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Nikon CoolPix 8800 review




  • Recommended by TR
Nikon CoolPix 8800


Our Score:


This is a camera I’ve been waiting to get my hands on for quite a while. Announced over a year ago, it’s still the Big Daddy of the Nikon CoolPix range. When I say big, what I actually mean is enormous. Nearly 15cm from front to back when powered up and weighing in at 680g including the battery, the 8800 is one seriously massive camera. It must be with a sense of humour that Nikon’s corporate website lists it under ‘Digital Compact Cameras’.

To be fair, it also comes under the heading of ‘Hobbyist & Enthusiast’, and that at least is right on the money. The CoolPix 8800 may be nearly the size of an SLR, but it has the specification to match. As well as a big 2/3in 8 megapixel sensor it features a massive 10x optical zoom Nikkor ED lens, equivalent to 35-350mm on a film camera. Nikon ED glass is renowned for its optical quality, and is found in Nikon SLR lenses used by professional photographers all over the world.

Coupled to this is a versatile exposure control system also comparable to that found in Nikon’s digital SLR cameras, a tough alloy body with SLR-like handling, a hot shoe for an external flashgun, as well as the ability to record TIFF and RAW files. It’s obvious that Nikon is aiming this camera squarely at those thinking of buying a digital SLR. Heck, even the V-shaped red flash on the handgrip is exactly the same as those on Nikon’s digital SLRs. This similarity is also reflected in the price. Even shopping around online it’s difficult to find an 8800 for much less than £500, while you can pick up a D50 SLR with an 18-55mm lens for under £450. Is Nikon actually undercutting its own market here?

Of course a D50 with a 350mm lens would be a lot more expensive, and it’s here that the 8800 has its big advantage. Camera shake is a well known problem with large zoom lenses, so to combat this the 8800 is fitted with Nikon’s proprietary Vibration Reduction system, which uses motion sensors and moving lens elements to counteract shake when shooting handheld at low shutter speeds. Nikon claims 3 stops of extra low-speed shooting, and I found I was able to take sharp photos at near maximum zoom at 1/30th of a second, which is about right. This equals the performance of Konica Minolta’s moving CCD system, which in light of the recent news of Konica Minolta exiting the market, may next appear in a Sony digital SLR.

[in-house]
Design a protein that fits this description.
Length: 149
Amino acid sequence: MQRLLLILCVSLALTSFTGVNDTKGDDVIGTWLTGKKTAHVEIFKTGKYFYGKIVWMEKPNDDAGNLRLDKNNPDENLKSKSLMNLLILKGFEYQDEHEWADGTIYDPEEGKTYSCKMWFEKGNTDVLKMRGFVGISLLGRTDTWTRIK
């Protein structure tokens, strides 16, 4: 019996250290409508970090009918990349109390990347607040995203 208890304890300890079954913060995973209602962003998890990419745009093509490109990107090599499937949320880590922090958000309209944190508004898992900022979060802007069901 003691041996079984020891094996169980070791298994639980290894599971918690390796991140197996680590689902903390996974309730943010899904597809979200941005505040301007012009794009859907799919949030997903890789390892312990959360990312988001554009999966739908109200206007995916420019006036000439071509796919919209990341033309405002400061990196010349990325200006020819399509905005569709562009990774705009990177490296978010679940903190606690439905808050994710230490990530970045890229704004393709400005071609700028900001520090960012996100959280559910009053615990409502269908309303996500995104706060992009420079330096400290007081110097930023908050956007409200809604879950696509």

Graham Walker

January 25, 2009, 10:48 pm

I just wanted to say that I agree with all the comments that Cliff made concerning the Nikon Coolpix 8800, it is indeed a superb piece of equipment, I own several digital camera's, but the 8800 outshines them all and I have yet to see better image quality. In fact, fearing that something untoward might happen to my 8800, I went on Ebay and found a spare just in case...the seller described it as 'in superb condition', in fact it was in mint condition, all credit to him, and all for 𧶏...if anyone is thinking about starting out on the digi trail then I can thoroughly recommend that they seriously consider this camera, they won't be disappointed.

Best regards.


Artist nr 1

May 17, 2009, 7:51 pm

Please, tell me how can I sett Adobe RGB (1998) on my Nikon coolpix 8800? I'll configure colors on my camera.Thank you. I. Raic


October 28, 2011, 10:33 pm

October 28, 2011. Just surfing around and saw this review about my trusted old Nikon 8800.
When talking about "Best" camera, you have to ask, "Best for what". I have carried my 8800 through 30 countries (with a Nikon 8700 backup). The camera is superb for traveling. I have printed 16x20 inch prints of Meteora in Greece that the lab could not believe came from a 5-year old 8-MP camera.

It may not be the best "Studio" camera, but I don't care.
LA Wilson

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